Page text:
I reset the timer and lined up next to the speed limit sign that we had always used as a start line. I took a deep breath, dipped in the clutch, and engaged first gear. I took a second to think about the potential consequences of my actions: mainly, wrecking an $18,000 car. I laughed at this very real possibility, opened the windows, and revved up. One thousand, two thousand, three thousand...the engine sang and I felt the rotation of the driveshaft through the hydraulic clutch pedal. At 3500 rpm's, I started the timer and dumped the clutch. The rear wheels span as 306 raging Japanese horses struggled to break free of their iron reigns and get to the road. I let off the gas until I felt the traction kick in, and floored it. The revs rose rapidly as I flew down the first straight; I grabbed second gear, then third, then fourth. The first corner came and I didn't let off. The weight of the car shifted slightly and my heart skipped a beat, but she didn't let go. I tapped the brakes for the second corner, heel-toed down to third, and apexed quite smoothly.

The next section was almost completely blind. It started with a slight climb, followed by a sharp downward left-right-left. The Z hugged the apex of all three corners with only a little slide on the way out of the last one as a result of my enthusiasm with the gas pedal. I mashed the accelerator into the floor for the next section, which was a straightaway. By the end of the straightaway I was nearly at the redline in 3rd gear (approximately 85 mph) and the little red "it's time for a gear change light" was flickering, showing the car's annoyance at being pushed. I didn't bother changing up, but did start braking hard for the next corner. The back end squirmed in the skittish dance of a drift as the weight of the car was pushed forward. A little slide into the left hander was corrected easily as I powered into the right hander that followed. This was it, the infamous corner I had wrecked on. This time I was ready for it. Hard on the brakes for a second, turn in, balance the rear end on the limits of grip, then back on the brakes for the second apex. No drama. The last bit of the run was a straightaway followed by a long, slippery, knife-edge sweeper. To be fast around this part, you have to be reckless - you have to really chuck the car into the sweeper to hit the right line. The Z slid, perhaps a bit more than I would have liked, but a smidge of opposite lock brought the back end back into line. I stopped the timer before braking for the stop sign, and took a moment to appreciate the rush before reading the time.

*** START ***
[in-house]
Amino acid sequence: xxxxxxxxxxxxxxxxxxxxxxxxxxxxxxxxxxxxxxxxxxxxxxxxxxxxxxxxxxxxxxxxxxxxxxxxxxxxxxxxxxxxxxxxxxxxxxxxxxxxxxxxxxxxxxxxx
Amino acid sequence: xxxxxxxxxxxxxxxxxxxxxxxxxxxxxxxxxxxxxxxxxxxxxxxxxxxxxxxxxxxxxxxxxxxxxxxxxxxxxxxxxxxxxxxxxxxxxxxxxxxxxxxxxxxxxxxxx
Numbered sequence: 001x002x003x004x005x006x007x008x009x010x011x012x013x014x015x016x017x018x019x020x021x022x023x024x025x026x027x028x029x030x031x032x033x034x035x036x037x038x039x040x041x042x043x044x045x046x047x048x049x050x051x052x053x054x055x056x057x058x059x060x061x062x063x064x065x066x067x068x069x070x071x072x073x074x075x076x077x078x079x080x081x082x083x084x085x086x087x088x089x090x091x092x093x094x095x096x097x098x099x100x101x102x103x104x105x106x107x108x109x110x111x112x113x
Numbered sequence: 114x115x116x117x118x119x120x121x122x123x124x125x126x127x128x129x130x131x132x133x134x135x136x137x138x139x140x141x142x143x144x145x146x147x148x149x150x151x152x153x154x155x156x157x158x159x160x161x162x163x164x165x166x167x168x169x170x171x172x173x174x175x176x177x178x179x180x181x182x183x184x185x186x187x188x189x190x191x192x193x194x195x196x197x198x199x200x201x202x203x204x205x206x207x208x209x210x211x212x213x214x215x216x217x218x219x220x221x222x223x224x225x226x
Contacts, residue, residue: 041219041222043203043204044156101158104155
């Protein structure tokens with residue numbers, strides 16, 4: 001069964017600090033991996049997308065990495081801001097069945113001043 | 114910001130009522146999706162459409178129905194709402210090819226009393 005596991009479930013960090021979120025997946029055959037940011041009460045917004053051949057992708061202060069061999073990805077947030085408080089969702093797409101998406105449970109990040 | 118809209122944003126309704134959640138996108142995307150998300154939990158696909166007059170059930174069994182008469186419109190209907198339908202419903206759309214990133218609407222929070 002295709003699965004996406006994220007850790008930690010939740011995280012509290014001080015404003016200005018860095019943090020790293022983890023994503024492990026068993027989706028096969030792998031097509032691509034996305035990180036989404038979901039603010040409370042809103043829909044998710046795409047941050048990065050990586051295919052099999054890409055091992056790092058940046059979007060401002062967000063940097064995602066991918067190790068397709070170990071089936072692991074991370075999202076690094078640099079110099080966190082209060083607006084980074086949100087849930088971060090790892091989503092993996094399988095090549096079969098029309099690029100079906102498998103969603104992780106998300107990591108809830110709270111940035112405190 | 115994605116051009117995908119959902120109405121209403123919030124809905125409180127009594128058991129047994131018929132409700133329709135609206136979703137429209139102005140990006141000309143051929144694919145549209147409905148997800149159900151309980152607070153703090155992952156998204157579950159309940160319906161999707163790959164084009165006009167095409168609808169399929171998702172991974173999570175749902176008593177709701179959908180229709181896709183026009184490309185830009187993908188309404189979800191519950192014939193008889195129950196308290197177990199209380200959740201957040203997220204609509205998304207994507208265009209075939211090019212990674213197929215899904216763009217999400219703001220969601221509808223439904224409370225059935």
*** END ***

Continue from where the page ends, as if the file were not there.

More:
1:17:96. It had felt like a lifetime.